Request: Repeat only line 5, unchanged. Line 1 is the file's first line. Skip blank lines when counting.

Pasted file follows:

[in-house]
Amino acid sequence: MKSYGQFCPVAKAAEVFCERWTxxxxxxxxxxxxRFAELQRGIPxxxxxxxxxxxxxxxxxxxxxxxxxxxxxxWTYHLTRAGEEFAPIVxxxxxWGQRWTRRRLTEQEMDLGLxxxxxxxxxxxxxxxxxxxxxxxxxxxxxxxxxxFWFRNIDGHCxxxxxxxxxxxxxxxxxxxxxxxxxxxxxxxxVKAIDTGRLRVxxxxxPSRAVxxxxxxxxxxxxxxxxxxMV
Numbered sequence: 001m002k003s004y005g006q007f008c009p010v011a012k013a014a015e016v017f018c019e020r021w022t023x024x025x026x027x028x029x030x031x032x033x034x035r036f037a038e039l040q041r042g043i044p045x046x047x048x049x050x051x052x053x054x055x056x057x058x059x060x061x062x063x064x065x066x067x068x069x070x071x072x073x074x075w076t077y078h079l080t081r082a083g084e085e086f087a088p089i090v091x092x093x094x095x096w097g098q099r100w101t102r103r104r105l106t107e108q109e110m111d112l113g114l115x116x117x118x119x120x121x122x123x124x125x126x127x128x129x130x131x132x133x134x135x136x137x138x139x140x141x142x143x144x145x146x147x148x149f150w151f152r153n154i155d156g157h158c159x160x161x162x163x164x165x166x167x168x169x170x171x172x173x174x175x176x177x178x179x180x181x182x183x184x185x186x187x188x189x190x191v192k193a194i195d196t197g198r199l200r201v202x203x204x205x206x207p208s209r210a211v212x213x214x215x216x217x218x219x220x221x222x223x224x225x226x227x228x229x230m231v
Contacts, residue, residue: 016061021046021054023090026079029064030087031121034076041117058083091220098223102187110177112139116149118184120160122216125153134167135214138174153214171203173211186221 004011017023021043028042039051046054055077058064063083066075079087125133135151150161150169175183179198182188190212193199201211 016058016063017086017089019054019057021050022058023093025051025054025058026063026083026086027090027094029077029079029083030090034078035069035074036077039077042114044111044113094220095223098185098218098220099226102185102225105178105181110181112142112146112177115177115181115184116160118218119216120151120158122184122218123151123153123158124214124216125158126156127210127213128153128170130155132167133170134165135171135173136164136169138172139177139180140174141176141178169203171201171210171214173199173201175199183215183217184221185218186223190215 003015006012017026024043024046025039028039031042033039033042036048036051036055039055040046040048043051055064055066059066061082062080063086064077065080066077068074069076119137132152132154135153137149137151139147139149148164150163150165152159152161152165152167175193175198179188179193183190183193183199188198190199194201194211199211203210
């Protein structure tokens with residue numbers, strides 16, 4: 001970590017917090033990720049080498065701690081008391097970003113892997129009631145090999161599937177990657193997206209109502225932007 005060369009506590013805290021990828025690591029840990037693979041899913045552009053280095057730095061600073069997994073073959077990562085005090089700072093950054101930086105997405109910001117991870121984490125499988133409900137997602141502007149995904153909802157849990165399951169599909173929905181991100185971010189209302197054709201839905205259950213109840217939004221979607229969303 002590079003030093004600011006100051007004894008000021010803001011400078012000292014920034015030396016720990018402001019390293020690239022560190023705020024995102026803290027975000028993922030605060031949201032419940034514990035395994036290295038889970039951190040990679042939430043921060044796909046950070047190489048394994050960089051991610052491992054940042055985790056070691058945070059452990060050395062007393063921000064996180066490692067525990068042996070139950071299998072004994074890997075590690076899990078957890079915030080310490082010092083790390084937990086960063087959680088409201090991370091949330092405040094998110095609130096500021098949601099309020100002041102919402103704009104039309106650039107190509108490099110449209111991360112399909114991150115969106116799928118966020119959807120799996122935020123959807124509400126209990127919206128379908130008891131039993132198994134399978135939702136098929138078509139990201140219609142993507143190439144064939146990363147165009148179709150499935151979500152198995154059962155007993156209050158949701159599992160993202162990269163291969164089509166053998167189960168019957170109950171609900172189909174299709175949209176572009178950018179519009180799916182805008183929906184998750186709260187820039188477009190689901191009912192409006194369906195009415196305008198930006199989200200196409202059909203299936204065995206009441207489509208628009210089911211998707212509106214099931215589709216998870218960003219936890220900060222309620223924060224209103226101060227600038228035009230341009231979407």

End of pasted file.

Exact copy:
């Protein structure tokens with residue numbers, strides 16, 4: 001970590017917090033990720049080498065701690081008391097970003113892997129009631145090999161599937177990657193997206209109502225932007 005060369009506590013805290021990828025690591029840990037693979041899913045552009053280095057730095061600073069997994073073959077990562085005090089700072093950054101930086105997405109910001117991870121984490125499988133409900137997602141502007149995904153909802157849990165399951169599909173929905181991100185971010189209302197054709201839905205259950213109840217939004221979607229969303 002590079003030093004600011006100051007004894008000021010803001011400078012000292014920034015030396016720990018402001019390293020690239022560190023705020024995102026803290027975000028993922030605060031949201032419940034514990035395994036290295038889970039951190040990679042939430043921060044796909046950070047190489048394994050960089051991610052491992054940042055985790056070691058945070059452990060050395062007393063921000064996180066490692067525990068042996070139950071299998072004994074890997075590690076899990078957890079915030080310490082010092083790390084937990086960063087959680088409201090991370091949330092405040094998110095609130096500021098949601099309020100002041102919402103704009104039309106650039107190509108490099110449209111991360112399909114991150115969106116799928118966020119959807120799996122935020123959807124509400126209990127919206128379908130008891131039993132198994134399978135939702136098929138078509139990201140219609142993507143190439144064939146990363147165009148179709150499935151979500152198995154059962155007993156209050158949701159599992160993202162990269163291969164089509166053998167189960168019957170109950171609900172189909174299709175949209176572009178950018179519009180799916182805008183929906184998750186709260187820039188477009190689901191009912192409006194369906195009415196305008198930006199989200200196409202059909203299936204065995206009441207489509208628009210089911211998707212509106214099931215589709216998870218960003219936890220900060222309620223924060224209103226101060227600038228035009230341009231979407």